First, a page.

Question BBC Radio in Hi-Res?

My understanding is that the BBC doesn’t offer anything like that streaming quality.

The info here may help:-


My Linn streamer reports AAC48kHz/16bit 320kbps for Radio 3, for example.

Radio Paradise in its various iterations is the only CD quality popular station I know of.
 

SallyB

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Hi, I remember a couple of Naim streamers that I owned (Uniti2 and Muso) a few years back supported BBC Radio HD Channels, but unhelpfully I can’t remember the bitrates!
 

My2Cents

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Currently, which Hi-Fi devices can exclusively stream BBC Radio channels like BBC Radio 1, 2 etc. in Hi-Res in 24 Bit 48/96 kHz or higher?
According to the link that nopiano posted, only BBC Radio 3 is currently streamed in HD.
It's not about the streaming devices but what is being streamed, perhaps this might be of interest?
There is plenty of variety to choose from!
A good quality receiver with a compatible antenna will also give you great sound quality.
 

podknocker

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I'd love all UK radio stations to be streamed in CD quality (1411kbps) I'm sure there's plenty of available bandwidth on their servers and it amazes me how radio is such a neglected medium. I remember owning a Cambridge Audio DAB tuner and it gradually sounded worse and worse, as they crammed more stations into the available channels. I think some stations started at 192kbps and ended up at 64kbps. It sounded dreadful at the end. Internet radio is a fantastic opportunity to provide high quality music and speech, but seems to be stuck at mp3 quality here in the UK. There are exceptions, but it would be nice listening to your favourite stations in CD quality. Many people have decent internet speeds and there's so much kit available now to take advantage of FLAC and other high res formats.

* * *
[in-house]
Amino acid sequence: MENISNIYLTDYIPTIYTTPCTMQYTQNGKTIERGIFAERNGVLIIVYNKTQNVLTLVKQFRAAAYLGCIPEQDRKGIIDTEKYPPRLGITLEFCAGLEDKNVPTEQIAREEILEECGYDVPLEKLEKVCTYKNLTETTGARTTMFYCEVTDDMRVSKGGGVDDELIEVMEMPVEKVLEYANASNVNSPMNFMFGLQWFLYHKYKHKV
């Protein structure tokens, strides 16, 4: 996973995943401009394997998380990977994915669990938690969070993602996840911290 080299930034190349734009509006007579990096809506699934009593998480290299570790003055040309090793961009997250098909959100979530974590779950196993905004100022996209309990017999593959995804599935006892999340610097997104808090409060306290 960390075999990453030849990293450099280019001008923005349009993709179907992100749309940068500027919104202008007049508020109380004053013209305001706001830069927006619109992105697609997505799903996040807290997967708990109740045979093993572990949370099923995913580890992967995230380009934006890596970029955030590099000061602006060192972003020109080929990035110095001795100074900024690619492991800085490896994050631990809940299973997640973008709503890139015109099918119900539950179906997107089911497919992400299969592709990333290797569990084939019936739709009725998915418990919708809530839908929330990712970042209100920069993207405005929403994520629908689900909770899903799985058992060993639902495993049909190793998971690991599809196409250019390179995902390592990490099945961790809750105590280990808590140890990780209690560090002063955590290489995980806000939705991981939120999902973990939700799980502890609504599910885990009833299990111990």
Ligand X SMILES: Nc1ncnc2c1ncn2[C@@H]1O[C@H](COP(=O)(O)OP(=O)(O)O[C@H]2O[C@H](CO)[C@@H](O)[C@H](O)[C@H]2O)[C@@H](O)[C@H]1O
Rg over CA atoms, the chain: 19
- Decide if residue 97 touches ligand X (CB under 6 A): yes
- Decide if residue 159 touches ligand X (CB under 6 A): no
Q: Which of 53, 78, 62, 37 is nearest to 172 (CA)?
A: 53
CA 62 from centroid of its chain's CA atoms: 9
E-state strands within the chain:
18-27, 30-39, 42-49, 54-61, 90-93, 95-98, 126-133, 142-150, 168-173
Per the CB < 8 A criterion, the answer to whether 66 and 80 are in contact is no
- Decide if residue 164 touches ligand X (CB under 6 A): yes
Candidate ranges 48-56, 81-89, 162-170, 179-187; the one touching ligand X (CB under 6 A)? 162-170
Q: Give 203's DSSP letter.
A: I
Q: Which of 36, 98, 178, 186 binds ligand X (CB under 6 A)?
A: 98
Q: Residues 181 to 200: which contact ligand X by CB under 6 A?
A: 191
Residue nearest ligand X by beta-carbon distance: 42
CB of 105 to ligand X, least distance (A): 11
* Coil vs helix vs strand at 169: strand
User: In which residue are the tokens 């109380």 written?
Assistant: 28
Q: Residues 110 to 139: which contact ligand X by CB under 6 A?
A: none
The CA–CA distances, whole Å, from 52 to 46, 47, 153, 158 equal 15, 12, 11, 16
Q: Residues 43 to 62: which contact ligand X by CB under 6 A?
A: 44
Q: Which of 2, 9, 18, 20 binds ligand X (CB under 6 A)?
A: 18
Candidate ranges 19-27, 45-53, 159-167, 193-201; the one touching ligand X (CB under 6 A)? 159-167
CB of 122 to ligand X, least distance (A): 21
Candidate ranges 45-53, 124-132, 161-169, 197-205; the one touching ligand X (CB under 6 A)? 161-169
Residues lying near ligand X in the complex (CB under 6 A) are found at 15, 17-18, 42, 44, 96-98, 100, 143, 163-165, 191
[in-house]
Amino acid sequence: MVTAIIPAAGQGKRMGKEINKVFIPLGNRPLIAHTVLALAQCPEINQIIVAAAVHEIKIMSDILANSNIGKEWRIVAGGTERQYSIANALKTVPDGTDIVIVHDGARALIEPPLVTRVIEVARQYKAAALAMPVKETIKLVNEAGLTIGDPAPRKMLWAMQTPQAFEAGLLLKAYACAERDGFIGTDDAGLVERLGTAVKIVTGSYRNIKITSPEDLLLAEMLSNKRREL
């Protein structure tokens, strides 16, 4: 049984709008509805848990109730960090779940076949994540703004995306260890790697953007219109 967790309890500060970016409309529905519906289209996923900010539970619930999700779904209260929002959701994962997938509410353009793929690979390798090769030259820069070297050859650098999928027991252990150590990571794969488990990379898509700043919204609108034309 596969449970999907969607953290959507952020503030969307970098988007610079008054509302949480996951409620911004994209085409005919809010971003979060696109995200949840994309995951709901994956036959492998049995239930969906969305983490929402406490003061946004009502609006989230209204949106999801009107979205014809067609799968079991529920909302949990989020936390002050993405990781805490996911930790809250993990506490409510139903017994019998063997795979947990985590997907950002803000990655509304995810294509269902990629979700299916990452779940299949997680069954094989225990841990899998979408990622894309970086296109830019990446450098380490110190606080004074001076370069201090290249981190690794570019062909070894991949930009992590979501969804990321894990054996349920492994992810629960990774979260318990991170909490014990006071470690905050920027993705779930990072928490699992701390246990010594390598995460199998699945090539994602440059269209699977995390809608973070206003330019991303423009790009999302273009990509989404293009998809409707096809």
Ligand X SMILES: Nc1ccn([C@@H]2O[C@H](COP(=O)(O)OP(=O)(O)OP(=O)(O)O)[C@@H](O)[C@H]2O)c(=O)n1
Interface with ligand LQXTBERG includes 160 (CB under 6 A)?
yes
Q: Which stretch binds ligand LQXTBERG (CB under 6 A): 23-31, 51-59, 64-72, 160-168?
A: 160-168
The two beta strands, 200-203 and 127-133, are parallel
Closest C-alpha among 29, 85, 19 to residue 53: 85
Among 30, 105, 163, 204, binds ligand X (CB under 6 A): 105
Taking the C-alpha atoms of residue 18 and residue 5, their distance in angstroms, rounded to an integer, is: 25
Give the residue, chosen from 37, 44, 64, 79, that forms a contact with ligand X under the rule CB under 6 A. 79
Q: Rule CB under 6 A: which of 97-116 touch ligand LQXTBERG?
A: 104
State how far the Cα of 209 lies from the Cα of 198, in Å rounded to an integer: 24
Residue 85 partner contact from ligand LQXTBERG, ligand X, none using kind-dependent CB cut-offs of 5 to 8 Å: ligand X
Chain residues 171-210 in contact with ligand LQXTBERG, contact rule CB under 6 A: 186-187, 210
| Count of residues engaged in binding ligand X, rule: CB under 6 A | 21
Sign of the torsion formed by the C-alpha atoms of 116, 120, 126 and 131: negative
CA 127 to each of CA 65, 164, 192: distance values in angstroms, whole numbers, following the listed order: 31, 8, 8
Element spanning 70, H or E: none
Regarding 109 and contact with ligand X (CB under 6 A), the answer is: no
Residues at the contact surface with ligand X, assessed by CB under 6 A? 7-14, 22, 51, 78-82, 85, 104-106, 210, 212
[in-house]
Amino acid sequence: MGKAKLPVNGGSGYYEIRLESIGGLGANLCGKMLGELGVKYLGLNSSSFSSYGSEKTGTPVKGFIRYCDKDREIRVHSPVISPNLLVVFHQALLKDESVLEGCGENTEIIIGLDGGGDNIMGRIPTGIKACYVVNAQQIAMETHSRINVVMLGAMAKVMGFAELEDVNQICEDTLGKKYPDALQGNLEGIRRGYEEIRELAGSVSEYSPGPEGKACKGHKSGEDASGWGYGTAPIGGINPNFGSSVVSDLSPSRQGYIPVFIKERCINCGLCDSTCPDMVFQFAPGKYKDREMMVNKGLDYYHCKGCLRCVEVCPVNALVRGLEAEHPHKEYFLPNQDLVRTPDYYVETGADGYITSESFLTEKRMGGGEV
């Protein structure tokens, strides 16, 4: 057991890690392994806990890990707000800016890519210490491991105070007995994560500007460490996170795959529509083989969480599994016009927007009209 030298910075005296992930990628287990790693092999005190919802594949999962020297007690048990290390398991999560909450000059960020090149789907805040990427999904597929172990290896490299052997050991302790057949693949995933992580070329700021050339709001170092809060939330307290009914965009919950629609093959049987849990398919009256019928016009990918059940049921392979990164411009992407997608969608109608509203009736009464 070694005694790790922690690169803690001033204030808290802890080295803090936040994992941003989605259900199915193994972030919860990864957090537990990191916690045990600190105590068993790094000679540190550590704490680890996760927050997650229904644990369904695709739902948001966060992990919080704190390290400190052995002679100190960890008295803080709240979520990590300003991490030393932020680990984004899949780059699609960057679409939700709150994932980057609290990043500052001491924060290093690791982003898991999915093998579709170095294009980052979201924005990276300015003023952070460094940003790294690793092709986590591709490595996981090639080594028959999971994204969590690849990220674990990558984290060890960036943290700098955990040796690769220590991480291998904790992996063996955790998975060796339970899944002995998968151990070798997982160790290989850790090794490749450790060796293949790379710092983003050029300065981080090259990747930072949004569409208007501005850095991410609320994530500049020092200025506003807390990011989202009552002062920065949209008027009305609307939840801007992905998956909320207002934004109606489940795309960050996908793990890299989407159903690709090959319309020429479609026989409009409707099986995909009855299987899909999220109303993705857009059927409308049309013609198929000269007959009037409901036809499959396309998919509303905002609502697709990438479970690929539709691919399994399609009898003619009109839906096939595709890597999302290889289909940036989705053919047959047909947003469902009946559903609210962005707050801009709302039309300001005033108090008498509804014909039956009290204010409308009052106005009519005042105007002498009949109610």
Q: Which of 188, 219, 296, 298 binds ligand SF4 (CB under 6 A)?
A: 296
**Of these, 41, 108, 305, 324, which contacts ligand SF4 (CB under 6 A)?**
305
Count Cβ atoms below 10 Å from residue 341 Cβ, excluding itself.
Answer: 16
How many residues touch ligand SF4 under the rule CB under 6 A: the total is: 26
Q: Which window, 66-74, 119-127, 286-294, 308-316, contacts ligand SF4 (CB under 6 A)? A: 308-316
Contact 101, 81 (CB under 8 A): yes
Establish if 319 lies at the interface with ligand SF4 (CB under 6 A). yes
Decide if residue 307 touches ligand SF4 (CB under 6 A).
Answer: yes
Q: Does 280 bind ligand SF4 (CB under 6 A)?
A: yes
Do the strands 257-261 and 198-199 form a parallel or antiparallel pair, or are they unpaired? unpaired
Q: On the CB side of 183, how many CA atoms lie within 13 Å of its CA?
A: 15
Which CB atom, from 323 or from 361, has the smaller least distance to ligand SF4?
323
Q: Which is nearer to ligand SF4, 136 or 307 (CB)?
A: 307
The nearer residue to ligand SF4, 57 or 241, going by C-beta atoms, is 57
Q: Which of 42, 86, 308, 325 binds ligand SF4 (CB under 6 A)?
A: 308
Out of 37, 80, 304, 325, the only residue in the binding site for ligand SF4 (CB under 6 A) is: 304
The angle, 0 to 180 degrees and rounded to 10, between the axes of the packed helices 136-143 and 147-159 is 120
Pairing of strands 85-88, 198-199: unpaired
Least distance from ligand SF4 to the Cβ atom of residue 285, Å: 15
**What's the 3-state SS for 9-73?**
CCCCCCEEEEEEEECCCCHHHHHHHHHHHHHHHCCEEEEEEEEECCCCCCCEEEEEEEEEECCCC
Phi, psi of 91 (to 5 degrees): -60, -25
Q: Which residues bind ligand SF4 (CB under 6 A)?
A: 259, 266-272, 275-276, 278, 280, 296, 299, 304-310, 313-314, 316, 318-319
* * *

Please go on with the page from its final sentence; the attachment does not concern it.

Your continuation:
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Kenneth Fernandes

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Hi, I remember a couple of Naim streamers that I owned (Uniti2 and Muso) a few years back supported BBC Radio HD Channels, but unhelpfully I can’t remember the bitrates!
Has BBC Studios partnered with Naim or other manufacturers, so the source, as well as the playback devices, have a seamless handshake in outputting Hi-Res 24 Bit 48/96 kHz or higher bit rates of live radio over the air? Don't they?
 

tangledfeet

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I listen to 6Music (pretty much the only radio I listen to) using VLC and an m3u8 file that I have saved on my desktops and on all my Android devices: